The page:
Athletics-related injuries on increase in US adolescents
MedWire News: Injuries from athletic sports such as sprinting, long-distance running, and hurdles, are on the increase in children and adolescents, report US researchers.
"Participation in track is a great way to encourage children and adolescents to remain physically active," commented study author Lara McKenzie (The Ohio State University, Columbus) in a press statement.
"However, the increase in injuries corresponding with the increased participation in this activity suggests we need to do a better job of preventing track-related injuries among our young athletes," she added.
The study, published in The Physician and Sportsmedicine, found that the annual number of athletics or track-related injuries in 10-18 year olds increased by 36.3% from 7702 in 1991 to 10,496 in 2008.
The most common types of injury over this period were sprains and/or strains, at 52%, and fractures or dislocations, at 17%.
Of sprinting, cross-country, running, hurdles, relays, stretching and/or drills, and "other" activities, the most common activity at time of injury was running, at 59%, followed by hurdles, at 23%.
There was a gender difference in the most common injuries sustained, with boys being more likely to sustain pelvic injuries and girls ankle injuries. The students' age also influenced the type of injury they had.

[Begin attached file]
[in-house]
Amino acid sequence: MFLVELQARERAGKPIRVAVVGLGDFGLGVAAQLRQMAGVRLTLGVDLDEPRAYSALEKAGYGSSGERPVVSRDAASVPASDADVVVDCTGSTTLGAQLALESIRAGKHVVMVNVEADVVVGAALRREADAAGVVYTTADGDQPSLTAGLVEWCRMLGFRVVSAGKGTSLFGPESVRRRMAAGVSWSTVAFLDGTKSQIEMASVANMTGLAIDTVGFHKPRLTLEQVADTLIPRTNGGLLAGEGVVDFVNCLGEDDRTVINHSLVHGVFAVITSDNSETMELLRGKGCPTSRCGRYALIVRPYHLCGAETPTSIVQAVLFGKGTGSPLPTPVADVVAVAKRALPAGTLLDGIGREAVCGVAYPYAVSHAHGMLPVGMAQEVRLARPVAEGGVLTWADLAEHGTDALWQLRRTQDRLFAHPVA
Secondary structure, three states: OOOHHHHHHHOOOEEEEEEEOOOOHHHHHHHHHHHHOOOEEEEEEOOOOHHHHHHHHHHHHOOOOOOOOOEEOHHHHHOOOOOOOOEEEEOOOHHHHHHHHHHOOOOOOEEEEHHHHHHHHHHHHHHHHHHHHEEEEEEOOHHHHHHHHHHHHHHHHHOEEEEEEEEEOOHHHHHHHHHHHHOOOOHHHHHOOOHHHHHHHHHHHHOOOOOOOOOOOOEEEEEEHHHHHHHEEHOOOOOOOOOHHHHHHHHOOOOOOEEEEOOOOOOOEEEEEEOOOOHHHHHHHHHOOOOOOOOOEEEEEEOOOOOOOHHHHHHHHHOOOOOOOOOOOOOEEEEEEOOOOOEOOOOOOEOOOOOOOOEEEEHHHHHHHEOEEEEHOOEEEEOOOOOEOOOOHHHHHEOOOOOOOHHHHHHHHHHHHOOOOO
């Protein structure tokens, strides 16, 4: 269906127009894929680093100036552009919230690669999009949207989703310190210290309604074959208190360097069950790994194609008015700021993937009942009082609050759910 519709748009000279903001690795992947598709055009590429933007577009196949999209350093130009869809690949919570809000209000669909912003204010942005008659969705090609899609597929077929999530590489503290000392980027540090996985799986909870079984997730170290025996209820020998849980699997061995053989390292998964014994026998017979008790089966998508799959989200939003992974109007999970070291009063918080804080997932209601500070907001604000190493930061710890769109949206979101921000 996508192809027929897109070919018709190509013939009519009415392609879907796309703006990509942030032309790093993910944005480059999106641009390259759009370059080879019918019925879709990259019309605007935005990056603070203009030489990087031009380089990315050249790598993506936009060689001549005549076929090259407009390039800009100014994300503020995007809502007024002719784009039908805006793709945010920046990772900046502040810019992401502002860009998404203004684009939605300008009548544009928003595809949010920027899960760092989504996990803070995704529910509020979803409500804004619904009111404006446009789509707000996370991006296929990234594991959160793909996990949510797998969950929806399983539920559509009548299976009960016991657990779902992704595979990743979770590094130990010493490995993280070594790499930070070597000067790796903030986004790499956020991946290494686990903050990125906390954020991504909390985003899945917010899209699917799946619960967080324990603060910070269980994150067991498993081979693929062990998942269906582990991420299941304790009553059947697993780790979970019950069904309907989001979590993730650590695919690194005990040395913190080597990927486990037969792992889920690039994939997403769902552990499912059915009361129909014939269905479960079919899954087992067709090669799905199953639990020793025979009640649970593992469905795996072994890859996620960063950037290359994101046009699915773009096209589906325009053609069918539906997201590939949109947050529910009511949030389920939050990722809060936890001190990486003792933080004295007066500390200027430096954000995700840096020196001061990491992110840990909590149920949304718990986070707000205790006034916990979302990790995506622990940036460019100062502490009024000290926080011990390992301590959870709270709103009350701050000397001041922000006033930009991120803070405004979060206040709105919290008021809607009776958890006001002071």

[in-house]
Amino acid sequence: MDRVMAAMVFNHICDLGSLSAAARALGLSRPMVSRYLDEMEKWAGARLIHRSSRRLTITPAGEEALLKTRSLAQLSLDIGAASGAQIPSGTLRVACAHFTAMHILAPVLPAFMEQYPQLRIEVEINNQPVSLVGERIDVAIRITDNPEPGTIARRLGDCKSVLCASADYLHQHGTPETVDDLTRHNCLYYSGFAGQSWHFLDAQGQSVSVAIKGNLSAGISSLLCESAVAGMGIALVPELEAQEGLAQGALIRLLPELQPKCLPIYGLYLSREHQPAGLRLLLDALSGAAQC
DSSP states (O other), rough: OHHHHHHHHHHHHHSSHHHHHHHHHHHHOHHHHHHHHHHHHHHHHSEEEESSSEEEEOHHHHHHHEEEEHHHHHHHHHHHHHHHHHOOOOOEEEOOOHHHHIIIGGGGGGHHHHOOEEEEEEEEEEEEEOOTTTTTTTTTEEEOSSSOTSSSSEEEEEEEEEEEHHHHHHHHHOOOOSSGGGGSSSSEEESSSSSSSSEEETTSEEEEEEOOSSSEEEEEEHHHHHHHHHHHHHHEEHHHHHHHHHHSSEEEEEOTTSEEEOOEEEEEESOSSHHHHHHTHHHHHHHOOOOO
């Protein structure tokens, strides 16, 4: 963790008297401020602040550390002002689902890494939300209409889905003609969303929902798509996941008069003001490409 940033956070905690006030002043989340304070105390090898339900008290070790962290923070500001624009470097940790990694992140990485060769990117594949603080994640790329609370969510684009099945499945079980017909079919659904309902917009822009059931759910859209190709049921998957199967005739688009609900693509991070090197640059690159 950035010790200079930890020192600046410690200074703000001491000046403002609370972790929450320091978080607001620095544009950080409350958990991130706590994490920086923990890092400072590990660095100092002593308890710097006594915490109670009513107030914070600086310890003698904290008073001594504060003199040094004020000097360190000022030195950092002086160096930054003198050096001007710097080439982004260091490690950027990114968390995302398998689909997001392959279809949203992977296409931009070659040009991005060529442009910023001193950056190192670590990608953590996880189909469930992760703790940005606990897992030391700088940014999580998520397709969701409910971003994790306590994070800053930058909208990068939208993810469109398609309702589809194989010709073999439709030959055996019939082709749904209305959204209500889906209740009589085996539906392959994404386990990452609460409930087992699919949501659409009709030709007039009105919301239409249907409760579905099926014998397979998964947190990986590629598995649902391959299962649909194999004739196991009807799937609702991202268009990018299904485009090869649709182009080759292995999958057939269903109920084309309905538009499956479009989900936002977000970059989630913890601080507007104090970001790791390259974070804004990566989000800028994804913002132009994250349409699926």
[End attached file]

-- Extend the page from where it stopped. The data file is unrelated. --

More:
"We found that the most commonly injured body parts varied across activity and across age group. For instance, elementary students were more likely to sustain upper extremity injuries while high school students were more likely to sustain lower leg injuries," said McKenzie.
"With this in mind, track-related injury prevention efforts may need to be tailored by activity for different age groups in order to most effectively address the injury concerns the athletes are facing."
Common injury types also varied by sport. For example, hurdling was more likely to result in a head or upper extremity injury and sprinting in an injury to the pelvis or upper leg.
"Given the increased participation and corresponding increase in track-related injuries, more research is needed to determine how best to prevent these injuries," concludes the team.
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By Helen Albert